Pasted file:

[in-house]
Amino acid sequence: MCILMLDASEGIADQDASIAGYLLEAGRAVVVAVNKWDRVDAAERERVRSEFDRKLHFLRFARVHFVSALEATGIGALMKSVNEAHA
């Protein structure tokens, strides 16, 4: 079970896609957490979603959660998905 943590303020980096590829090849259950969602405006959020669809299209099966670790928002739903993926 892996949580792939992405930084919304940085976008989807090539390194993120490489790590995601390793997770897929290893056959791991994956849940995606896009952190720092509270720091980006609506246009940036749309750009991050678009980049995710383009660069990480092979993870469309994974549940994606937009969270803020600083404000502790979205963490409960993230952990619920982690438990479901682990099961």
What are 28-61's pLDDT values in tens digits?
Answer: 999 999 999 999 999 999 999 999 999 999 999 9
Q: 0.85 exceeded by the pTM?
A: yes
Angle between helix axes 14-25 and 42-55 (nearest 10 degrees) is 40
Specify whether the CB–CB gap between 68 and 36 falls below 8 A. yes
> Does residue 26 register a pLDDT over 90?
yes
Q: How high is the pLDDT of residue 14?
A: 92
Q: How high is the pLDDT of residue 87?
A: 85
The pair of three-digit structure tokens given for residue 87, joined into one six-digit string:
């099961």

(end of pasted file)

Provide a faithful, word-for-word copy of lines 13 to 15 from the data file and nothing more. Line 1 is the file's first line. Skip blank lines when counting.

A: 92
Q: How high is the pLDDT of residue 87?
A: 85